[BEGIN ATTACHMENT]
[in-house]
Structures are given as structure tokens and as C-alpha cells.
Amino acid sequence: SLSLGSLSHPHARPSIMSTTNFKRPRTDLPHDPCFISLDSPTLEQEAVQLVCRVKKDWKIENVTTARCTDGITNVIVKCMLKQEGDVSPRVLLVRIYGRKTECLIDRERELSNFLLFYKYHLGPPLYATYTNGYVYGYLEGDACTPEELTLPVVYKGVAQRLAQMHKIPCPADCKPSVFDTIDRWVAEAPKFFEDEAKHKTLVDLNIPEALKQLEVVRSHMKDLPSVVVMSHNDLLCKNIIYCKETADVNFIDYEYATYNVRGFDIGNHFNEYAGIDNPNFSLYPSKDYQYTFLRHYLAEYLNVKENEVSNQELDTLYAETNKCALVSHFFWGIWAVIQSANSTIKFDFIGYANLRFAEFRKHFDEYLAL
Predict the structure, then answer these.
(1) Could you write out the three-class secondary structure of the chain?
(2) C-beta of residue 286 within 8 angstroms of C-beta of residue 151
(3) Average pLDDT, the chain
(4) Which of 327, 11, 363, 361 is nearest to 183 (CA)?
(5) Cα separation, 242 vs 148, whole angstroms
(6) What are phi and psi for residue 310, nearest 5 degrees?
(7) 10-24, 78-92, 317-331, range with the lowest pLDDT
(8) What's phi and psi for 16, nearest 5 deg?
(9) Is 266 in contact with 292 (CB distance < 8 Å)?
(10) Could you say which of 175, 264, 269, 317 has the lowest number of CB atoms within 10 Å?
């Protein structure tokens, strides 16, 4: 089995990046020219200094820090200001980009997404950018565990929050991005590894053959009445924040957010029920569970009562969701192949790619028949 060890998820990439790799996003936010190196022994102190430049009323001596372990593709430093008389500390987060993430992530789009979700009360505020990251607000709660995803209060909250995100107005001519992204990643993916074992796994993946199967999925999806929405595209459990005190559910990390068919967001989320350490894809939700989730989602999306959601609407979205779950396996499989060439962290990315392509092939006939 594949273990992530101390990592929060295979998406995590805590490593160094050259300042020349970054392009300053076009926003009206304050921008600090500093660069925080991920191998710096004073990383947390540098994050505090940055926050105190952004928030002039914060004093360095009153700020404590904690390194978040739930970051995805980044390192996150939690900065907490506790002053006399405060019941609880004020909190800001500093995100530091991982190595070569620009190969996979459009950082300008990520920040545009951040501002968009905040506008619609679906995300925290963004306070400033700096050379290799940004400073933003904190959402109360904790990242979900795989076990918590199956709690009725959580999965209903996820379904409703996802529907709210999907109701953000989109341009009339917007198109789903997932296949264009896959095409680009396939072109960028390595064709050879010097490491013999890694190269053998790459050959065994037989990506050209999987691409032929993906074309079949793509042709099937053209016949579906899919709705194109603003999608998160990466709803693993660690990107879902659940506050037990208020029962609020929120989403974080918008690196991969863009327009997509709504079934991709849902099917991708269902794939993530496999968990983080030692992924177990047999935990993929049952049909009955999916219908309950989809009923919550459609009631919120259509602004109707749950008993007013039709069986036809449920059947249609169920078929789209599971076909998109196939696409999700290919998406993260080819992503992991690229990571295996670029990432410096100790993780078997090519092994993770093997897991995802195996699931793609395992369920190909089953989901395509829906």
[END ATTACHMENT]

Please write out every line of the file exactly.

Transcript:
[in-house]
Structures are given as structure tokens and as C-alpha cells.
Amino acid sequence: SLSLGSLSHPHARPSIMSTTNFKRPRTDLPHDPCFISLDSPTLEQEAVQLVCRVKKDWKIENVTTARCTDGITNVIVKCMLKQEGDVSPRVLLVRIYGRKTECLIDRERELSNFLLFYKYHLGPPLYATYTNGYVYGYLEGDACTPEELTLPVVYKGVAQRLAQMHKIPCPADCKPSVFDTIDRWVAEAPKFFEDEAKHKTLVDLNIPEALKQLEVVRSHMKDLPSVVVMSHNDLLCKNIIYCKETADVNFIDYEYATYNVRGFDIGNHFNEYAGIDNPNFSLYPSKDYQYTFLRHYLAEYLNVKENEVSNQELDTLYAETNKCALVSHFFWGIWAVIQSANSTIKFDFIGYANLRFAEFRKHFDEYLAL
Predict the structure, then answer these.
(1) Could you write out the three-class secondary structure of the chain?
(2) C-beta of residue 286 within 8 angstroms of C-beta of residue 151
(3) Average pLDDT, the chain
(4) Which of 327, 11, 363, 361 is nearest to 183 (CA)?
(5) Cα separation, 242 vs 148, whole angstroms
(6) What are phi and psi for residue 310, nearest 5 degrees?
(7) 10-24, 78-92, 317-331, range with the lowest pLDDT
(8) What's phi and psi for 16, nearest 5 deg?
(9) Is 266 in contact with 292 (CB distance < 8 Å)?
(10) Could you say which of 175, 264, 269, 317 has the lowest number of CB atoms within 10 Å?
């Protein structure tokens, strides 16, 4: 089995990046020219200094820090200001980009997404950018565990929050991005590894053959009445924040957010029920569970009562969701192949790619028949 060890998820990439790799996003936010190196022994102190430049009323001596372990593709430093008389500390987060993430992530789009979700009360505020990251607000709660995803209060909250995100107005001519992204990643993916074992796994993946199967999925999806929405595209459990005190559910990390068919967001989320350490894809939700989730989602999306959601609407979205779950396996499989060439962290990315392509092939006939 594949273990992530101390990592929060295979998406995590805590490593160094050259300042020349970054392009300053076009926003009206304050921008600090500093660069925080991920191998710096004073990383947390540098994050505090940055926050105190952004928030002039914060004093360095009153700020404590904690390194978040739930970051995805980044390192996150939690900065907490506790002053006399405060019941609880004020909190800001500093995100530091991982190595070569620009190969996979459009950082300008990520920040545009951040501002968009905040506008619609679906995300925290963004306070400033700096050379290799940004400073933003904190959402109360904790990242979900795989076990918590199956709690009725959580999965209903996820379904409703996802529907709210999907109701953000989109341009009339917007198109789903997932296949264009896959095409680009396939072109960028390595064709050879010097490491013999890694190269053998790459050959065994037989990506050209999987691409032929993906074309079949793509042709099937053209016949579906899919709705194109603003999608998160990466709803693993660690990107879902659940506050037990208020029962609020929120989403974080918008690196991969863009327009997509709504079934991709849902099917991708269902794939993530496999968990983080030692992924177990047999935990993929049952049909009955999916219908309950989809009923919550459609009631919120259509602004109707749950008993007013039709069986036809449920059947249609169920078929789209599971076909998109196939696409999700290919998406993260080819992503992991690229990571295996670029990432410096100790993780078997090519092994993770093997897991995802195996699931793609395992369920190909089953989901395509829906």